Just ask Whitney Way Thore. Whitney is the star of the Fat Girl Dancing series on YouTube. I first saw Whitney on the Today show last week. I was amazed, awed and inspired by her dancing video. I wondered how this woman could be so happy with herself and I could not. I found her video to be so, well…sexy. That girl can move and her confidence and talent, in my opinion, trump any extra weight she’s carrying. I frequently vie for that kind of confidence; you know the kind that encourages you to just own it. I’ve had it before, in times of thinness and chubbiness, but I don’t or rather can’t seem to embody this consistently. What I had lost while I was gaining was the ability to say so what…so what if I now wear a size 12 or 14. So what if I am 15 lbs from rock bottom…
I’ve found that when I can say, “so what,” that that is when I can lose weight almost unconsciously.
Last summer, for instance, I just made some minor, experimental changes that had nothing to do with losing weight. I had just left Howard and was feeling good about myself and was ready to embrace the changes that would result from no longer teaching full time. So, I quit diet soda, I ate more veg and for the first time in a 30 year struggle, I lost weight without obsessing over it. After losing 8 lbs or so, my body plateaued, and I was happy and healthy.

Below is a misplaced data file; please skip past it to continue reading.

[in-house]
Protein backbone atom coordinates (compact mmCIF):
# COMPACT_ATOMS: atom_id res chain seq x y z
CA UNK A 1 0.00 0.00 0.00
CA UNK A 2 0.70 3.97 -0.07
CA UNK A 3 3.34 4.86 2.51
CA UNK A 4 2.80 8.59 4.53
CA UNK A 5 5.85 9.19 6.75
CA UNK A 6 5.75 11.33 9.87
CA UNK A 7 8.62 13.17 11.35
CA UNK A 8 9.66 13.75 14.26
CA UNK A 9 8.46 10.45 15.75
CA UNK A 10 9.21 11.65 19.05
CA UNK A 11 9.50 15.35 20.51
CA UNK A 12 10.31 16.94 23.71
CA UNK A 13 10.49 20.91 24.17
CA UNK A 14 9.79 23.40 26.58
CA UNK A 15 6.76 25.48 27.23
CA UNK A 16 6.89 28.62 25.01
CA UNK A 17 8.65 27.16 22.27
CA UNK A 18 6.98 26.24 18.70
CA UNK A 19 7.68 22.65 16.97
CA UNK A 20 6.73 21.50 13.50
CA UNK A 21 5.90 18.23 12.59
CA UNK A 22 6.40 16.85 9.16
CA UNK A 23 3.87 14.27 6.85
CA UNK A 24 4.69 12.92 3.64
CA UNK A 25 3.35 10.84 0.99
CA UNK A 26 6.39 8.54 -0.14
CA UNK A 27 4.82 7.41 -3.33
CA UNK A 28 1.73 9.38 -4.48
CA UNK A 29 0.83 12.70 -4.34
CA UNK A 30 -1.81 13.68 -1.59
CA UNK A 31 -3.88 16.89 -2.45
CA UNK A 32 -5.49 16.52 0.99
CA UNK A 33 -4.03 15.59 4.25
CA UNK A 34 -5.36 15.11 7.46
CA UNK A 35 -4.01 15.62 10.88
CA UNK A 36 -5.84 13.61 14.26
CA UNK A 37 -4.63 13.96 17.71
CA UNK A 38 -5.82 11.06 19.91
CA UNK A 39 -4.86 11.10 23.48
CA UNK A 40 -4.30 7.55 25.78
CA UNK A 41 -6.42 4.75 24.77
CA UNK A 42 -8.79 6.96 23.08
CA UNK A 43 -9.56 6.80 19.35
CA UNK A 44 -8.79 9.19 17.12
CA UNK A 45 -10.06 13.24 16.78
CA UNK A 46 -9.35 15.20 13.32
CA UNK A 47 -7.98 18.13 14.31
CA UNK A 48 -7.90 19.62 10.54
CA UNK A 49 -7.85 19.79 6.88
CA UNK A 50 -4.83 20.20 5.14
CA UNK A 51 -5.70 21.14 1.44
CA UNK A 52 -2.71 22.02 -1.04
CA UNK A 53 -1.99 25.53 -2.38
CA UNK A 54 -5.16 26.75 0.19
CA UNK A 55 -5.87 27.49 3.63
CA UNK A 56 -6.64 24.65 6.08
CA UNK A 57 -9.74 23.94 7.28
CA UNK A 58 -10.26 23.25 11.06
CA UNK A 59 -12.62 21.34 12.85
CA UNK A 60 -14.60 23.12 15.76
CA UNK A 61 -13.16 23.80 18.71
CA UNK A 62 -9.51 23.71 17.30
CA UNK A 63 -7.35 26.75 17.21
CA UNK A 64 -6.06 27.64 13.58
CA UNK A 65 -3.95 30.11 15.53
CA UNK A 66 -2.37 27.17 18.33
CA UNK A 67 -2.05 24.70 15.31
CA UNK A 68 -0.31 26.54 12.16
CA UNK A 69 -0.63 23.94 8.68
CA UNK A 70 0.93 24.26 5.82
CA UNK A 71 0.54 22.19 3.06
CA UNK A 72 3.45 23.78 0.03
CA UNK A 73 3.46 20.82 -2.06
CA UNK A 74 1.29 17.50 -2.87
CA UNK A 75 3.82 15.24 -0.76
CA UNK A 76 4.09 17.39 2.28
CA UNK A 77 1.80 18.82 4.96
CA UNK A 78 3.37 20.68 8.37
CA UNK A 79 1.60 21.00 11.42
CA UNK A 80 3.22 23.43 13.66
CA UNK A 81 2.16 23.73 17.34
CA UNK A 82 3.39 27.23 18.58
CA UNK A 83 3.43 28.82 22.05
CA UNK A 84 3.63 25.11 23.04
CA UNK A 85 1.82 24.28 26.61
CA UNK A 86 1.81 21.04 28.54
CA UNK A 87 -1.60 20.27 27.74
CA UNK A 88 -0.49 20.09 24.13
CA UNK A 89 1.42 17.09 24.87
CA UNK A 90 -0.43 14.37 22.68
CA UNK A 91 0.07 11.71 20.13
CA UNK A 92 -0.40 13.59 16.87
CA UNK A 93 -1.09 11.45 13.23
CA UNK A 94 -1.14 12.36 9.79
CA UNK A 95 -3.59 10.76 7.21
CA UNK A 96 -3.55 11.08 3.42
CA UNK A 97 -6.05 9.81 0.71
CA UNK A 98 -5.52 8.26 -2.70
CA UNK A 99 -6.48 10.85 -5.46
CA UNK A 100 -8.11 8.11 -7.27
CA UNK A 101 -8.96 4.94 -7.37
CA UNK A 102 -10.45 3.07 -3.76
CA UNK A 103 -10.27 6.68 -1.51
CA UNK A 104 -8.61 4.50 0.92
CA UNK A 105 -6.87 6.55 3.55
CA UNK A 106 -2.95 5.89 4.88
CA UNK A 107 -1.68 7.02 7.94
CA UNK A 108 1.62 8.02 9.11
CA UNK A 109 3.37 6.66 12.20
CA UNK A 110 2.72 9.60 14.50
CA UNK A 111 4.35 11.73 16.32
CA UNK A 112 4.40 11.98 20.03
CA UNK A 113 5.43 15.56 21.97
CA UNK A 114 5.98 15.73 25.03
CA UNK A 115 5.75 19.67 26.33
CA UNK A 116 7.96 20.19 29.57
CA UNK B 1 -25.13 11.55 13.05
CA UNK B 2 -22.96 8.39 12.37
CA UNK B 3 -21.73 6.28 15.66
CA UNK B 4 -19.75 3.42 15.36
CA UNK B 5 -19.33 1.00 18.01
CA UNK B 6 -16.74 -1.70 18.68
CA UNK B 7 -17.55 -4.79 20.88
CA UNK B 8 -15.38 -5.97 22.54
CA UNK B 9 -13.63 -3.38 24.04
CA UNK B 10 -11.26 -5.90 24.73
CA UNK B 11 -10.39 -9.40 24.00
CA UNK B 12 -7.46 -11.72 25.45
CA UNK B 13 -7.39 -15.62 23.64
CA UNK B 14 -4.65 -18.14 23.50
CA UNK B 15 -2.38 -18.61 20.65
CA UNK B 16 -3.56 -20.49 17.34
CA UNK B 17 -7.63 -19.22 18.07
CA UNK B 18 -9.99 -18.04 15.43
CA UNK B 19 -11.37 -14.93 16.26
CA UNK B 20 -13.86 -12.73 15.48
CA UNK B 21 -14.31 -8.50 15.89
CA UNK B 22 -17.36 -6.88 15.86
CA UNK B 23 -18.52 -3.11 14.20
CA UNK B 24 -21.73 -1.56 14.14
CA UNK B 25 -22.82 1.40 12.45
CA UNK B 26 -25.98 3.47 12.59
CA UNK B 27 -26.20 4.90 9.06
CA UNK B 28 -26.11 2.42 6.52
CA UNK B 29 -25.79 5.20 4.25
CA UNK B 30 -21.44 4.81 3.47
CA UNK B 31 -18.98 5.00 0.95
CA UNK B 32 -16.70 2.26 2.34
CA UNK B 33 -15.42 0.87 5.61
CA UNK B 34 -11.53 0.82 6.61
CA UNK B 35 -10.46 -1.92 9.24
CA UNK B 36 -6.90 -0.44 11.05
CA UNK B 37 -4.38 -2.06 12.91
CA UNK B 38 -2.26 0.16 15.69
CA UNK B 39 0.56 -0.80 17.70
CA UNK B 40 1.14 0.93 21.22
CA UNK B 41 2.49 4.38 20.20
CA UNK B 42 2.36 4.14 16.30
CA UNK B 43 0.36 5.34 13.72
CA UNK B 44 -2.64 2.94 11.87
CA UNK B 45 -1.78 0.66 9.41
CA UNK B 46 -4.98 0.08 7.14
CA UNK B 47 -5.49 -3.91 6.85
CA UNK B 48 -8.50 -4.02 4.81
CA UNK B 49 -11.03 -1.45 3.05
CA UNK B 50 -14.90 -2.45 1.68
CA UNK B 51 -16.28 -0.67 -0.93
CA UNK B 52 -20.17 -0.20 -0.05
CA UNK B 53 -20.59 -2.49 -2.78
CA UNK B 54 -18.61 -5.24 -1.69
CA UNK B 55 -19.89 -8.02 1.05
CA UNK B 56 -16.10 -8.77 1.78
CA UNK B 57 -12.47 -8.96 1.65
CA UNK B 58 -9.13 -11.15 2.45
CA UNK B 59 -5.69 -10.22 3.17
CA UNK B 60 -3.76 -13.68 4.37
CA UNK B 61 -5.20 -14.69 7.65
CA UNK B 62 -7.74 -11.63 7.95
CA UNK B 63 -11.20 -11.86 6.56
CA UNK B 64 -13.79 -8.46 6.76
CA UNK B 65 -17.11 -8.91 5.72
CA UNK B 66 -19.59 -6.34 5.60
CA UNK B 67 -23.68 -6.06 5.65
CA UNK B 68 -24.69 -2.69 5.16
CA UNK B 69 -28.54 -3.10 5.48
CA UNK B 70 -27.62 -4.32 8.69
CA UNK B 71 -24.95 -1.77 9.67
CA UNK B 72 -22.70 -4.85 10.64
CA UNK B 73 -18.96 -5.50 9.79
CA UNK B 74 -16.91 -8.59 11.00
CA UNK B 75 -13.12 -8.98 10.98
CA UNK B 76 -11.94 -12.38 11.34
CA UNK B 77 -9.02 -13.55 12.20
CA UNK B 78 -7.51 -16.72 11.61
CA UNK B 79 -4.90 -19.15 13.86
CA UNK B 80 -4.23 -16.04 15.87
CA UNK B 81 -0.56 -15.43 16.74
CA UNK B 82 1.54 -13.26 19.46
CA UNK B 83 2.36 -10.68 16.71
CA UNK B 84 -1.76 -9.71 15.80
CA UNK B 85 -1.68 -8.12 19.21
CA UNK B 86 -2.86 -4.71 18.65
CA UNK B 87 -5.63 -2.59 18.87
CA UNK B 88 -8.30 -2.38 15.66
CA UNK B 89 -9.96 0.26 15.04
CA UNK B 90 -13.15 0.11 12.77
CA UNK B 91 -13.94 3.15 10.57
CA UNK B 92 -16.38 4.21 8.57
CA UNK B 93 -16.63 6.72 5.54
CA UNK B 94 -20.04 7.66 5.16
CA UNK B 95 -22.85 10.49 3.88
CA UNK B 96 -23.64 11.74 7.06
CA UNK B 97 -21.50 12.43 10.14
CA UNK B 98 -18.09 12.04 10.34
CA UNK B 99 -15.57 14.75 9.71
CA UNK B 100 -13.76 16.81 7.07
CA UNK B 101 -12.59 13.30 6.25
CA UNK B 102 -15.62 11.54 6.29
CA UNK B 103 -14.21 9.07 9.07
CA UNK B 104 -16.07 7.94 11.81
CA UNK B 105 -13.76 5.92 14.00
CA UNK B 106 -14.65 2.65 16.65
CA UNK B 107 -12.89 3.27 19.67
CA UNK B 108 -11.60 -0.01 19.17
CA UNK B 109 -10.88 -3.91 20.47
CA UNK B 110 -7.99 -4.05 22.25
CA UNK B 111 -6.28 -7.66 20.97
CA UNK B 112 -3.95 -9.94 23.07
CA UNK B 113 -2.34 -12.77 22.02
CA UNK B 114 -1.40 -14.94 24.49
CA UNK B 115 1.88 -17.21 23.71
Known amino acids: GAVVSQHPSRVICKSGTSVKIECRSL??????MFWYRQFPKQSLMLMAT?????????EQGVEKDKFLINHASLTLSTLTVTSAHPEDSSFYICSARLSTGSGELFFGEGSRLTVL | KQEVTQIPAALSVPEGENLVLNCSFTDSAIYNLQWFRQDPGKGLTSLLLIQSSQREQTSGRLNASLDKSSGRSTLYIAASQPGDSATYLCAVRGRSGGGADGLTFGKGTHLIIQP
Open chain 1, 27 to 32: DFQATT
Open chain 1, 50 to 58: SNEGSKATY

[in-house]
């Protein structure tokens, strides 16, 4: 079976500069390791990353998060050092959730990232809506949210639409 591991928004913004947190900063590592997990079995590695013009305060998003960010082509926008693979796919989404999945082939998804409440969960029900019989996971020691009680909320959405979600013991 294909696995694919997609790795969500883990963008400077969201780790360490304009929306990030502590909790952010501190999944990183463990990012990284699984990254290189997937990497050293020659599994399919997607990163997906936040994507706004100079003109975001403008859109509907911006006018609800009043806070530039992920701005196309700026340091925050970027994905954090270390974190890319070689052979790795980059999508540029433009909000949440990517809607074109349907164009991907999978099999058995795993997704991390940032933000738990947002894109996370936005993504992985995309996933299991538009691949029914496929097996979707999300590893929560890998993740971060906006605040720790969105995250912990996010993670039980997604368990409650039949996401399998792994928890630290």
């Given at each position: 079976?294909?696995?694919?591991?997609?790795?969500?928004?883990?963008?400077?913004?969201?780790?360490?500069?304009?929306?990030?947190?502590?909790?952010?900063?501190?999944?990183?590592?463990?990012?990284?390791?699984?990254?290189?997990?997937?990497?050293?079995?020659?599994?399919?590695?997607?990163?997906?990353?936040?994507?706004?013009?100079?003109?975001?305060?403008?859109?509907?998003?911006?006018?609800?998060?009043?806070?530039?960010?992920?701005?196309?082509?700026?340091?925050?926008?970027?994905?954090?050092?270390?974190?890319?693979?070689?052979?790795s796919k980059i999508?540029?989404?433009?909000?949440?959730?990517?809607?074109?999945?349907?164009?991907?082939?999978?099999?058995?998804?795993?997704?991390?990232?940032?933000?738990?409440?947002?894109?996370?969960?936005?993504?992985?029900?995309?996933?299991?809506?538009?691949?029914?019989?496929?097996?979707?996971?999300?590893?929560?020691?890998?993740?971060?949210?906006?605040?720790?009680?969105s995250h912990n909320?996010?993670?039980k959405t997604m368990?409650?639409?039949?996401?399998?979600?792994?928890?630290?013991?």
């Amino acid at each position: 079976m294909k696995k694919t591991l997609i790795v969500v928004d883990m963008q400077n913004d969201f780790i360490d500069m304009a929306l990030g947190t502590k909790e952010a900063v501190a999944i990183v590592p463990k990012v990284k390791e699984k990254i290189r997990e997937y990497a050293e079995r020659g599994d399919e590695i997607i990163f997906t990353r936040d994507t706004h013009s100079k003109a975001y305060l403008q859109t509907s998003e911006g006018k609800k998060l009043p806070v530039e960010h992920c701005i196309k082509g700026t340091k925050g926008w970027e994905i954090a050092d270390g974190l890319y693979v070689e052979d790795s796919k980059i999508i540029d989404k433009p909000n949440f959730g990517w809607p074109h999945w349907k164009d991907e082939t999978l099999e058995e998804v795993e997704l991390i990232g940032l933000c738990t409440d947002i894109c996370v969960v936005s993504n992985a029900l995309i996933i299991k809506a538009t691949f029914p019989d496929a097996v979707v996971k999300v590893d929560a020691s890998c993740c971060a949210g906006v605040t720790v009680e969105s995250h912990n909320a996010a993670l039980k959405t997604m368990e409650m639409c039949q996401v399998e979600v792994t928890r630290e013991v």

Now, I am trying to say “so what” more…so what that I am wearing jeggings most days as my body shrinks little by little each week, so what if my closet has a range of sizes from 10-14 as opposed to just 10s. Today I choose to love my body and the amazing things it can do and has done.
Fat is relative. It’s up to me to decide how.
I am still juicing, 2-4 a day, and I am still eating lots of whole foods, and I am diet soda free with minimal processed foods going in. And, this week I lost another 2.6 lbs. So, like I thought the initial 6 was water weight, but 8.6 lbs in two weeks while still eating; that’s pretty damn good!